Despite the threat of relegation, I knew I'd get some guaranteed enjoyment from Sunday's visit to Man City when a few weeks ago, having already bought tickets, I had a call from QPR. Like many football supporters, I live in a semi-fantasy world when it comes to the realms of the possible. Despite being 43 years old, and despite never having played at a higher level than the second XI of my college while a postgraduate student (and that was a very poor standard), I can still imagine myself playing in QPR's defence as a sweeper behind Alan McDonald and Paul Parker. So when QPR phoned and asked if I was going to Man City, part of me wanted to say "I'm available for selection. Give me a squad number and I'll I bring my boots."
As it happened, they were more interested in my son. "Would he like to be our mascot?" Well, what 10 year old QPR supporter wouldn't? "You can come behind the scenes with him and meet the players". What 43 year old QPR supporter wouldn't? As it turned out, it was a marvellous experience, going behind the scenes, meeting players in the dressing room, and taking some great photographs. And I think the 43 year old was more excited than the 10 year old.
Yet the threat of relegation hung over everything. Relegation is one of the experiences which torments most football supporters from time to time. We hope it won't happen, but all bar a handful of the big clubs have been down one or more divisions in living memory. Sunderland have a fanzine called It's the Hope I Can't Stand. All fans know what they mean. QPR supporters of my generation (some of us are glory-hunters with bad judgement who started supporting the team in the great 1975-6 season but unlike most glory-hunters stuck with their team) have experienced it three times: 1979, 1996, and 2001, with a few close shaves along the way.
Much of it would come down to whether Stoke had any interest in putting up a fight against Bolton, when they had nothing to play for but pride. Anything short of a Bolton win and we were safe. But everyone remembered how Stoke caved in against Wigan on the last day of last season and if Bolton could win, then we needed a point at City. Most, perhaps all pundits, gave us no hope of getting that.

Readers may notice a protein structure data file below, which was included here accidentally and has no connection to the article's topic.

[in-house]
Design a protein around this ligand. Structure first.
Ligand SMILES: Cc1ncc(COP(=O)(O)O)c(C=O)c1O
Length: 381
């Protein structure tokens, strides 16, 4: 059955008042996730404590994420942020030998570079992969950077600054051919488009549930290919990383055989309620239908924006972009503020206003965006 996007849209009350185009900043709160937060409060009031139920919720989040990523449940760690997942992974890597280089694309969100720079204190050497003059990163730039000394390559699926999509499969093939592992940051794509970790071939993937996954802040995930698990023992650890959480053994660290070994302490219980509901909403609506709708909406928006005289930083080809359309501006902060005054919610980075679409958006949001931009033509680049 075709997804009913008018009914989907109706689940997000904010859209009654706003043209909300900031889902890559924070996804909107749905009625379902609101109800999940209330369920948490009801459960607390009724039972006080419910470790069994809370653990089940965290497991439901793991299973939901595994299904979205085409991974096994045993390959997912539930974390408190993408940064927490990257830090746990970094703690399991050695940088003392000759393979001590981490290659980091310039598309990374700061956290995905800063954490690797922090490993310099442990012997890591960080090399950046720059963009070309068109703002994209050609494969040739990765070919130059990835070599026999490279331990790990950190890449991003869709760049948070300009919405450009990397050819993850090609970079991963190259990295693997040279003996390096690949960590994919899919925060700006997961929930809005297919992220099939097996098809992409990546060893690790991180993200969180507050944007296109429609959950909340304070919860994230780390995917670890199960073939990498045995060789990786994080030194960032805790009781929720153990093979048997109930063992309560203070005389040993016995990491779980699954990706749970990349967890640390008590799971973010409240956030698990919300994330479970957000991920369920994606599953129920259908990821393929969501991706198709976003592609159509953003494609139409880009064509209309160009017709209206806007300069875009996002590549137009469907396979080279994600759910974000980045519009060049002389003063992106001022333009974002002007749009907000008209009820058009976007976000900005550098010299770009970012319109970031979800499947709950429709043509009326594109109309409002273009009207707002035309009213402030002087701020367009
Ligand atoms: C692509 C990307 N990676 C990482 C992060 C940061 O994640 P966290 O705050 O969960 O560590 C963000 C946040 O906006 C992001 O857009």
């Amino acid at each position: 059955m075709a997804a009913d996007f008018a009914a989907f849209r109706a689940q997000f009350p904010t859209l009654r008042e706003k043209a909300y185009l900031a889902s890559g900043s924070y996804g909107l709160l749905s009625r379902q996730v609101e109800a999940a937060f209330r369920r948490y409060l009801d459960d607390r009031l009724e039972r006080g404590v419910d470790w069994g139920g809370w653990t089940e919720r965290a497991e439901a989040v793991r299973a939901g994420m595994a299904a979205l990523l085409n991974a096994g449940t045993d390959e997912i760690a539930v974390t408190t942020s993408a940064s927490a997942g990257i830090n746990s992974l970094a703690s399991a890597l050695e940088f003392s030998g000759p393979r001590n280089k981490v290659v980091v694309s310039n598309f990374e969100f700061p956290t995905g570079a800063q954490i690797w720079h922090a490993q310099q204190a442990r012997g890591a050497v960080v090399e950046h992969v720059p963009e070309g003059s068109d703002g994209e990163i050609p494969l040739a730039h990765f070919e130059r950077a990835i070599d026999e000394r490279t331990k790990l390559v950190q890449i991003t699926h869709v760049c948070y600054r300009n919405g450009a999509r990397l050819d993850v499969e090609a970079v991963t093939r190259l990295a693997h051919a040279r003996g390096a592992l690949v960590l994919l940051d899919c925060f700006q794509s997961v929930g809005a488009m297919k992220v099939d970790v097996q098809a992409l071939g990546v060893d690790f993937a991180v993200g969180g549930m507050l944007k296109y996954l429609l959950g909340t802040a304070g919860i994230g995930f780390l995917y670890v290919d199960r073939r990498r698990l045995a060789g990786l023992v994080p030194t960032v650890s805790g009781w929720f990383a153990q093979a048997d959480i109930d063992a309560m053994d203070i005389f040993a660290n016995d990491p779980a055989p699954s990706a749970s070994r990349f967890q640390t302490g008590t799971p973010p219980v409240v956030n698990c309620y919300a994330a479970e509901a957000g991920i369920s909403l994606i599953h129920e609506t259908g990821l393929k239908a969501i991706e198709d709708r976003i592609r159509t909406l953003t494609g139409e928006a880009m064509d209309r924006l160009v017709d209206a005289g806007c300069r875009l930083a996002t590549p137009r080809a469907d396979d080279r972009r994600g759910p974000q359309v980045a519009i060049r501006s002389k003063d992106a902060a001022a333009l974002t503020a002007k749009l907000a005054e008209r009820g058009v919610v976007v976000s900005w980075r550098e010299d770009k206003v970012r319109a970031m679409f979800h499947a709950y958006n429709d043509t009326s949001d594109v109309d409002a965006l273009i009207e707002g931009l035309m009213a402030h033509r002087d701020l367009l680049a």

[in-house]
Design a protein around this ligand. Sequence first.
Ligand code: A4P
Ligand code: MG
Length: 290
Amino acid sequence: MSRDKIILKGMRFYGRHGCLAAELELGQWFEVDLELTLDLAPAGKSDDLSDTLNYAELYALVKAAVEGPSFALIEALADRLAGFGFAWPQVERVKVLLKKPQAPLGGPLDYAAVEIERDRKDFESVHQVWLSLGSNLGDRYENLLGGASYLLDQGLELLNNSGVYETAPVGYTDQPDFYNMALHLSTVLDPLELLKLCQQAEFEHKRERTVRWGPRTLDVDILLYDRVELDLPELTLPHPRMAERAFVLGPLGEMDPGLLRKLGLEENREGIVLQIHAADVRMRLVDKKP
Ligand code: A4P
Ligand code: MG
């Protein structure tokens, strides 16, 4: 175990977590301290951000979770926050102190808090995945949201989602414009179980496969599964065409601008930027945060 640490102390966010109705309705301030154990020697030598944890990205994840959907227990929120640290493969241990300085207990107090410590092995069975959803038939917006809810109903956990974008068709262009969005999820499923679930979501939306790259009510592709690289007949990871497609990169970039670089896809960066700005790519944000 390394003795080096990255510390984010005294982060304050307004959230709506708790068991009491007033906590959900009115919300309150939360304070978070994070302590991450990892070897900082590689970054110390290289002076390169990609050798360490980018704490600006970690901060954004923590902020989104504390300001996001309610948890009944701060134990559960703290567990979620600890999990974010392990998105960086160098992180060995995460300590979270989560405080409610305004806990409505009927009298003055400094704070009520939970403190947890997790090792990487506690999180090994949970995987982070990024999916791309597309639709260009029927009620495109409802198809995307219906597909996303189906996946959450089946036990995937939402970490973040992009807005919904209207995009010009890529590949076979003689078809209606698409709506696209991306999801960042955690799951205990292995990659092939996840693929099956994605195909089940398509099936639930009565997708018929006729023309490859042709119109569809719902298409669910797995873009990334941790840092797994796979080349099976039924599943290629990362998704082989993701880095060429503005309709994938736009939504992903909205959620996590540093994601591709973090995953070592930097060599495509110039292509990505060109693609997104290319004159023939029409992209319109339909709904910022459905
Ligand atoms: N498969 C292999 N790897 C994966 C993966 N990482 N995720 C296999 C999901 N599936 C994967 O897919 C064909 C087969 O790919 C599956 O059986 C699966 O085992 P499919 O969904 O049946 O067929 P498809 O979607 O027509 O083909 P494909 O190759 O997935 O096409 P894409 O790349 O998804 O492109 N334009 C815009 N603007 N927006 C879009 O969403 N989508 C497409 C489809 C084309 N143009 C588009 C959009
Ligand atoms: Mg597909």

If the Stoke fan websites were to be believed, nothing this weekend would have given them greater delight than sending us down. I think they see us as a bigger threat than Bolton in the future, and it might also be a north-south thing. There was certainly plenty of evidence of hostility from Stoke fans on the drive up the M6 on Sunday morning. But I consoled myself with Tony Pulis's fighting talk, plus the fact that QPR legend Gerry Francis is part of the Stoke coaching set-up.
As it happened, it was something of a rollercoaster day, and the story will be familiar to millions by now. But the crucial facts for QPR (on a day which most will remember as Man City's) were this. At half-time, with Bolton winning and us losing, we were down. Then incredibly, we were down to 10 men but managed to go 2-1 up. City equalising was not a problem because a point for us was good enough to stay up, but in any case, by the time City made it 2-2, Bolton had blown their lead. And when City went 3-2 up, we already knew that we were safe because Bolton had only managed a draw. The players must have been aware of Stoke's equaliser because there were suddenly 3,000 QPR fans leaping about with joy, even though nothing to merit that had happened on the pitch at our game. The QPR coaching staff certainly knew the final score from Stoke because they all started leaping around with about two minutes of added time left.
So, on a bizarre day, City's two late goals, even in a crucial game for us, mattered not a jot, when at other times we'd have been bemoaning them. The goals also meant that there were two very happy sets of fans. We felt like staying around to watch the presentation of the Premier League Trophy, and there was no fear of a hostile reaction to us having deprived City of the title.
What this all made me realise is that winning (or should that be surviving?) a relegation battle, is a bit like winning promotion all over again. Last summer, I wrote in this blog about how last season, because of the farcical way in which the Football Association handled paperwork irregularities around the signing of Alejandro Faurlin, I felt that QPR fans were deprived of a proper celebration of winning the Championship.
I was at Watford when we supposedly clinched it, but we all knew that points might be deducted. And when the news came through that there would be no such deductions, most of us were making our way to the final game of the season. So we saw the trophy presented, and that was great, but there was no great moment when we were all together in a football ground and realise what had been achieved.
Yesterday, for 3,000 of us, there was that moment. As Stoke equalised (thank you Jonathan Walters - you deserve the freedom of Shepherds Bush) and we all went berserk, we had that moment. We had it again when we heard the final score from Stoke, and then wildly celebrated with the City fans at the end.
So, job done. Only three months to go to the new season. And we really can believe, again, that QPR are in the Premier League.